MEDIA STATEMENT BY MINISTER OF TOURISM, PATRICIA DE LILLE
This year, as we mark Mandela Day under the theme “It’s in your hands,” I reflect on the many men and women across the country who extend their hands to serve the most vulnerable every day. These are the individuals in our communities who provide soup or sandwiches, sell affordable fruits and vegetables to the poor, and take care of children or run community gardens. They are the unsung heroes of our nation, embodying the ethos of former President Nelson Mandela’s life: to serve with humility and compassion.
They emulate Tata Nelson Mandela’s life by opening their homes to provide shelter, feeding hungry children and families, and lending a helping hand to alleviate the burden on the most vulnerable in our society. Mandela Day, observed on 18 July each year, sees South Africans coming together to perform acts of service for those in need, also known as “67 minutes for Mandela,” reflecting Madiba’s 67 years of service to the country. People across the country roll up their sleeves to serve the needy.
This year, South Africans are called to contribute to turning the tide against food insecurity and climate change in honor of Nelson Mandela’s legacy. Climate change threatens to reverse the progress our country has made towards eradicating hunger and malnutrition. South Africans can play a crucial role in securing our food supply through home or community food gardens.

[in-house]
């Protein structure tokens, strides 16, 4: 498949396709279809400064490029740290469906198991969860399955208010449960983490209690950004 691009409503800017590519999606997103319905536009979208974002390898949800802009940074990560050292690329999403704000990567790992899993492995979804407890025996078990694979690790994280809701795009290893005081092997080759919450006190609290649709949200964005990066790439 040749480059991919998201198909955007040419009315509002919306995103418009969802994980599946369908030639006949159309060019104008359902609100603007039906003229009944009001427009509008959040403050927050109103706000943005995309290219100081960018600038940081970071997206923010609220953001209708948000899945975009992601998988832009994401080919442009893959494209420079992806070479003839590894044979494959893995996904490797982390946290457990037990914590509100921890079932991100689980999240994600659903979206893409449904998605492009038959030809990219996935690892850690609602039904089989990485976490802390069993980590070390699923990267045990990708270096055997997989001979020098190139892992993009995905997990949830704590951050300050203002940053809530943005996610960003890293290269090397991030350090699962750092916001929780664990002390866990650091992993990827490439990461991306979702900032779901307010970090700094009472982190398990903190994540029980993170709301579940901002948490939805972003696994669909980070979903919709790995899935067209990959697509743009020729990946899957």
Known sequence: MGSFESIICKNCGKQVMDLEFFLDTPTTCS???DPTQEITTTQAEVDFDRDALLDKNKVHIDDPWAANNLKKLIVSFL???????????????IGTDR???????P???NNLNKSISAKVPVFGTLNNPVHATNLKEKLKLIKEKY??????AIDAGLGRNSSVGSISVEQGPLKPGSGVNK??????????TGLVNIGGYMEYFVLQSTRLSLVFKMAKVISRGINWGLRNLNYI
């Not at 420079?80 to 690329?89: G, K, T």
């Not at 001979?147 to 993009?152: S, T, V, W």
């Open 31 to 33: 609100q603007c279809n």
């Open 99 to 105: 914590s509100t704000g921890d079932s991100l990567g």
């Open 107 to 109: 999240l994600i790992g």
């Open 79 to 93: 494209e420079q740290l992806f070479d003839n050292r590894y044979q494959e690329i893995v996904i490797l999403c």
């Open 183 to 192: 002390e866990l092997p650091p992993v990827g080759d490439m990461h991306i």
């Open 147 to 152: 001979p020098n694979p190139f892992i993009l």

Despite progress, economic constraints continue to make it difficult for many people, especially the most vulnerable in our society, to put food on their tables. It is disheartening that 29 years since the dawn of our democracy, many families and children still struggle to access sufficient food and often go days without a meal. As a country, we must do more across all sectors. We need to go beyond Mandela Day and 67 minutes, seeking ways each day to serve and help those in need.
Whether it is planting seeds or making a sandwich for someone in need during our daily journeys, every small act of service reflects our humanity and moral values. As Nelson Mandela, the father of our nation, said: “Our economic approach to food and its distribution reflects our basic moral values.”
In line with this spirit of service, as part of Mandela Day activities, I visited the impoverished community of Riemvasmaak in the ZF Mgcawu District Municipality, Northern Cape. This area, steeped in history, underwent forced removals of its residents by the Apartheid government in the early 1970s. However, in 1994, 75,000 hectares of land were returned to the people of Riemvasmaak in the first land restitution project announced by Nelson Mandela.
Today, Riemvasmaak is a wilderness area with immense tourism potential, and the Riemvasmaak Trust is working to develop tourism projects in collaboration with the Northern Cape Department of Tourism. These projects have already created job opportunities for the community members, contributing to sustainable economic growth.